I think it right that as a Worcestershire man I should make some small contribution. I was privileged to know the late Lord Baldwin long before he entered the House of Commons. I remember a time when he was in business at Wilden and Stour Vale, and he walked morning and evening to and from those works. All the employees were known to him by their Christian names and he was loved, admired and respected by all. At that time it was not thought that he would ever turn his mind to politics. It was a strange thing when suddenly we found Stanley Baldwin launching forth in the great fight in the Kidderminster Division, which he lost.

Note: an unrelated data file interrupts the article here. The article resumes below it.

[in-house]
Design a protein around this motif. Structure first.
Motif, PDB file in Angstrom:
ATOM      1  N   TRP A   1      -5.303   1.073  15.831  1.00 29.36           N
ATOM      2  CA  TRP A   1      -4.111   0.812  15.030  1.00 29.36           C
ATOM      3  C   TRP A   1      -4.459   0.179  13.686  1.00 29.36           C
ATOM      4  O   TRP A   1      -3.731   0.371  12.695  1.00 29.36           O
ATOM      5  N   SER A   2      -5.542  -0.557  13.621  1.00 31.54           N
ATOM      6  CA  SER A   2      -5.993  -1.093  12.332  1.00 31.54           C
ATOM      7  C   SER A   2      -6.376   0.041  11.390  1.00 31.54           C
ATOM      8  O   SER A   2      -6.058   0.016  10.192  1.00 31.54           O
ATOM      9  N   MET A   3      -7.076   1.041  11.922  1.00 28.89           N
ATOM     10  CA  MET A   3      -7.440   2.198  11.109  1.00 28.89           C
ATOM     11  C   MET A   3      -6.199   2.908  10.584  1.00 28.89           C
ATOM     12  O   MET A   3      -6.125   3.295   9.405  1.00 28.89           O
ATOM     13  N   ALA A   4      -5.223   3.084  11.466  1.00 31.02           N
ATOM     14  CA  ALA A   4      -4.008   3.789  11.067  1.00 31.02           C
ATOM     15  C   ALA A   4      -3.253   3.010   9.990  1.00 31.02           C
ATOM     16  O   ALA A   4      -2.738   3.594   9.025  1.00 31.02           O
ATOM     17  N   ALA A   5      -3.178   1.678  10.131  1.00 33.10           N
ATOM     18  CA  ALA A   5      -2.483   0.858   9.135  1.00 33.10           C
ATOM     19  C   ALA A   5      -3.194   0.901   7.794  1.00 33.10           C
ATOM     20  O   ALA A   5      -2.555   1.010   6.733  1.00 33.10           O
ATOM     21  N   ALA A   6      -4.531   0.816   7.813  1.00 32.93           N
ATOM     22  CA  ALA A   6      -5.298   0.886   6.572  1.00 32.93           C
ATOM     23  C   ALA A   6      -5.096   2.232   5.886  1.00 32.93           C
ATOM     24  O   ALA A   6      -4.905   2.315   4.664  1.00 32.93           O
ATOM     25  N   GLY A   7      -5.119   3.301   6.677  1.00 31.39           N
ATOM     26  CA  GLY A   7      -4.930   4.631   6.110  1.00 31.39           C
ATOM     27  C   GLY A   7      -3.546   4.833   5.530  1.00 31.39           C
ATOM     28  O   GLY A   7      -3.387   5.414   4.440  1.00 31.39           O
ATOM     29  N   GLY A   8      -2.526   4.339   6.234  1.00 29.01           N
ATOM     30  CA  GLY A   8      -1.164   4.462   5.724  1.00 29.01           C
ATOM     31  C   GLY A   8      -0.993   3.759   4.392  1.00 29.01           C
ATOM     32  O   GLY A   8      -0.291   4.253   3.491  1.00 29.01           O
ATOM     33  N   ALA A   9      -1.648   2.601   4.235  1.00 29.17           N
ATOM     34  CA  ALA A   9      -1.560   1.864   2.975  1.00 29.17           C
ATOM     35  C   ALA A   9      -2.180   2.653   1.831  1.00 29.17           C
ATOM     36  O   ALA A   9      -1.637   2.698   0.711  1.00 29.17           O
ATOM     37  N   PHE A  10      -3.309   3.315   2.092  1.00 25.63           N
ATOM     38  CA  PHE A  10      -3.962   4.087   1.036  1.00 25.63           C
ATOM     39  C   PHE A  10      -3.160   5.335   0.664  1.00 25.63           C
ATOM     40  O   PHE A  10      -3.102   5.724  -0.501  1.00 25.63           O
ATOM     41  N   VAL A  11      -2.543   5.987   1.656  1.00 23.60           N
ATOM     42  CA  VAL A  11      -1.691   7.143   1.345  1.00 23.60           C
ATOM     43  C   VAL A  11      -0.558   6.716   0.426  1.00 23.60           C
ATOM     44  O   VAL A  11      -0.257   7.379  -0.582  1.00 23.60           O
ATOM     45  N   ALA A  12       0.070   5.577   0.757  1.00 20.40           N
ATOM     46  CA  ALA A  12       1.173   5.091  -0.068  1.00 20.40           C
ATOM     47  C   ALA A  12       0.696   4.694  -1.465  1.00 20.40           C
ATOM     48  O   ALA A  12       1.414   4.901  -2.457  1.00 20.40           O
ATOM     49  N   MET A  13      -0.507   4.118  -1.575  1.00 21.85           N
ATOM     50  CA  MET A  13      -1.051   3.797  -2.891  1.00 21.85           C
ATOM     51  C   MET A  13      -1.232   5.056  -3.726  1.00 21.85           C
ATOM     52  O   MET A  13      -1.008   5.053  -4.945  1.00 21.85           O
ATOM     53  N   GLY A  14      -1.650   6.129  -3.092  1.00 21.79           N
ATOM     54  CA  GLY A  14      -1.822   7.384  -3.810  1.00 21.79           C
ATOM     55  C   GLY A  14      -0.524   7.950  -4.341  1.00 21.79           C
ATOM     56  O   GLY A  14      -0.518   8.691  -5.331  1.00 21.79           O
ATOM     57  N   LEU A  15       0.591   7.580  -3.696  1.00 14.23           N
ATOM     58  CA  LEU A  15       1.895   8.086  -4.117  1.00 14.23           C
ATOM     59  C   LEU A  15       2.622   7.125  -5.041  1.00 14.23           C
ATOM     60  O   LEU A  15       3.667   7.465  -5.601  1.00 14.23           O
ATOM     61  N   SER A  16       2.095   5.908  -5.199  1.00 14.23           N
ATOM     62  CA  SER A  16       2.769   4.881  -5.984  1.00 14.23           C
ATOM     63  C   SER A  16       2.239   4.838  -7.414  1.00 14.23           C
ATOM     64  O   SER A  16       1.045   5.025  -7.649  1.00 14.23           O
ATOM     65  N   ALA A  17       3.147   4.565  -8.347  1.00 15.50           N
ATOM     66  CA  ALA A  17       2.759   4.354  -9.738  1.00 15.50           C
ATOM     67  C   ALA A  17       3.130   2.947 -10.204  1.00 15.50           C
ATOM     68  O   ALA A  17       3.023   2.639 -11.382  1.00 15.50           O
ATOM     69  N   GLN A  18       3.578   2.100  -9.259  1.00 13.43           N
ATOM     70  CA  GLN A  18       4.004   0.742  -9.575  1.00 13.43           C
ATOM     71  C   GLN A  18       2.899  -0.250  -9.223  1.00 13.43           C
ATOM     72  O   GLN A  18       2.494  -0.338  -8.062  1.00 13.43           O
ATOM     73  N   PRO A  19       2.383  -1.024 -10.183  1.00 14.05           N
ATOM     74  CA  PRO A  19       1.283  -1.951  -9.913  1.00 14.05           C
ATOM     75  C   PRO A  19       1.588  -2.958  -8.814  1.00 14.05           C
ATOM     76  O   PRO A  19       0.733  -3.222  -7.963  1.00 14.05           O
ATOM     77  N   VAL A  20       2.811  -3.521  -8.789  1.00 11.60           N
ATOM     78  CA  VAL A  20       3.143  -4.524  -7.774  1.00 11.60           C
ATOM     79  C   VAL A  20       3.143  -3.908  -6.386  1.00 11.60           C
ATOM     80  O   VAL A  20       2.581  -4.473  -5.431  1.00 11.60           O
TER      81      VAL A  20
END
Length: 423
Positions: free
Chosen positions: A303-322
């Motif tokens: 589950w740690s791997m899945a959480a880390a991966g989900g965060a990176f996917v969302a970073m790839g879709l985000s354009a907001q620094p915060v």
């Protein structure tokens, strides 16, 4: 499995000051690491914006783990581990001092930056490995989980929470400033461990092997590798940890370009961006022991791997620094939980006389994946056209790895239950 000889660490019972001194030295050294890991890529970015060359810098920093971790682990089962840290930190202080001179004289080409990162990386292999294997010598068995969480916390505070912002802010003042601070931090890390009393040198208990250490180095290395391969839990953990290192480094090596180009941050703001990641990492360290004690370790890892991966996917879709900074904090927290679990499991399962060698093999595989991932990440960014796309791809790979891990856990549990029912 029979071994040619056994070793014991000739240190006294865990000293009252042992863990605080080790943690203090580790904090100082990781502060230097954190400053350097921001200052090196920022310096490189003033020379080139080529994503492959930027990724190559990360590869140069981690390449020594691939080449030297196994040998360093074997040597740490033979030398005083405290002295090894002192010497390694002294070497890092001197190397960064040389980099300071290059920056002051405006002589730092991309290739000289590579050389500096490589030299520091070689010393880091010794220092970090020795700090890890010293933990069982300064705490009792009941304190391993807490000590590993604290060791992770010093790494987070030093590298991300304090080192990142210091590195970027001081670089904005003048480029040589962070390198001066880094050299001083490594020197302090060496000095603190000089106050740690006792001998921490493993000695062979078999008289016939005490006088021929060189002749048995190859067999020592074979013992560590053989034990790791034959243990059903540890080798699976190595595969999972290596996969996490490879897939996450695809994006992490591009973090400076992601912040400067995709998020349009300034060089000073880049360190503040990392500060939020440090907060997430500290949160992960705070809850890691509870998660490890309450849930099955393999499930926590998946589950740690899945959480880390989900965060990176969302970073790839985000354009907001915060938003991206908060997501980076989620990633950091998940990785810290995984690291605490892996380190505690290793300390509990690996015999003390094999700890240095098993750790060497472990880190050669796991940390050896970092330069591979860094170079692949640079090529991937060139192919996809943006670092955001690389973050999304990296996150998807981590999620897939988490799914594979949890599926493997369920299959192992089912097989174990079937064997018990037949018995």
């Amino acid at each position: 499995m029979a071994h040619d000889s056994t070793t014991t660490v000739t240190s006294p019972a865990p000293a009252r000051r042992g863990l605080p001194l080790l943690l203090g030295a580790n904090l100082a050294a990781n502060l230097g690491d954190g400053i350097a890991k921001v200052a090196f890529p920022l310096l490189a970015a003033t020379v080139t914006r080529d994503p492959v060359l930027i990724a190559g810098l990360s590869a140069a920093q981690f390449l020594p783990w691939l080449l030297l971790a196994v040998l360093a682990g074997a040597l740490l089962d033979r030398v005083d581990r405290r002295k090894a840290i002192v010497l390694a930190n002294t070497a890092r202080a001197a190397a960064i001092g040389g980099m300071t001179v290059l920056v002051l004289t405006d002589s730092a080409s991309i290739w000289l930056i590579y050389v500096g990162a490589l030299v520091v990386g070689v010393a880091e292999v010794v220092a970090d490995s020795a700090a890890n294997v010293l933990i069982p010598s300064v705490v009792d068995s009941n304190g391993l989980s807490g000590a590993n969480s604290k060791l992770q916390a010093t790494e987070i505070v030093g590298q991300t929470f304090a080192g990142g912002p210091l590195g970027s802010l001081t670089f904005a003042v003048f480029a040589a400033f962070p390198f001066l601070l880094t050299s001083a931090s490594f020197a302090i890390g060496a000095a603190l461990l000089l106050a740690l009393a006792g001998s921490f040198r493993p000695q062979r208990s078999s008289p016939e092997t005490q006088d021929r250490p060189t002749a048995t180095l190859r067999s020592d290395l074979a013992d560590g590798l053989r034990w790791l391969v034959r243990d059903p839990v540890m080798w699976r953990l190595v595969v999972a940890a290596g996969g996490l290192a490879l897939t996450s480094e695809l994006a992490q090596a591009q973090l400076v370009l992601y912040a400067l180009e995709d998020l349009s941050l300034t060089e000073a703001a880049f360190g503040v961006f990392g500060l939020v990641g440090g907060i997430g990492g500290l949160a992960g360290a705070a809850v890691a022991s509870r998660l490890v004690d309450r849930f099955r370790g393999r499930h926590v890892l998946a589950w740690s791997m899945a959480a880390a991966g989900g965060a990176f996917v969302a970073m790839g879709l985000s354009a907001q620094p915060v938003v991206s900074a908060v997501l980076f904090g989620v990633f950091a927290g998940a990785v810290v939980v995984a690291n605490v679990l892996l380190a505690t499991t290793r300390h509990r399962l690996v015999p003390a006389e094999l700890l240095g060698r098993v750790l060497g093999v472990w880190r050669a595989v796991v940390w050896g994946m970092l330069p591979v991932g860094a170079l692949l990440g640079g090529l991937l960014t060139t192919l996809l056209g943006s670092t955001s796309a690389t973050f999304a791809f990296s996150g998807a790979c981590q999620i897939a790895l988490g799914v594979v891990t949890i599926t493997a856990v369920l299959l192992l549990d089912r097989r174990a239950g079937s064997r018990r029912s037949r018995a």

Then, when his father died, he was elected for the Bewdley Division, a constituency which he represented until he went to the House of Lords. Throughout all that time I knew him. I lived not very far away from the ancestral home of the Baldwins at Astley Hall. I have been privileged to visit him on many occasions. There I came into contact with this great human personality whose greatest love of all was love of the English countryside and of his beloved Worcestershire. I have listened to him as a politician and as a great human orator away from politics on a more lofty platform where the great ideals for which he came to be known best were expressed in words of admiration and praise. It was a privilege to be allowed to listen to him.

Worcestershire has lost a great personal friend. The country has lost a great personal ambassador. England is the poorer by his death; but may his name live long in our memory.

Question, "That this House do now adjourn," put, and agreed to.

Adjourned accordingly at Three Minutes past Four o'Clock.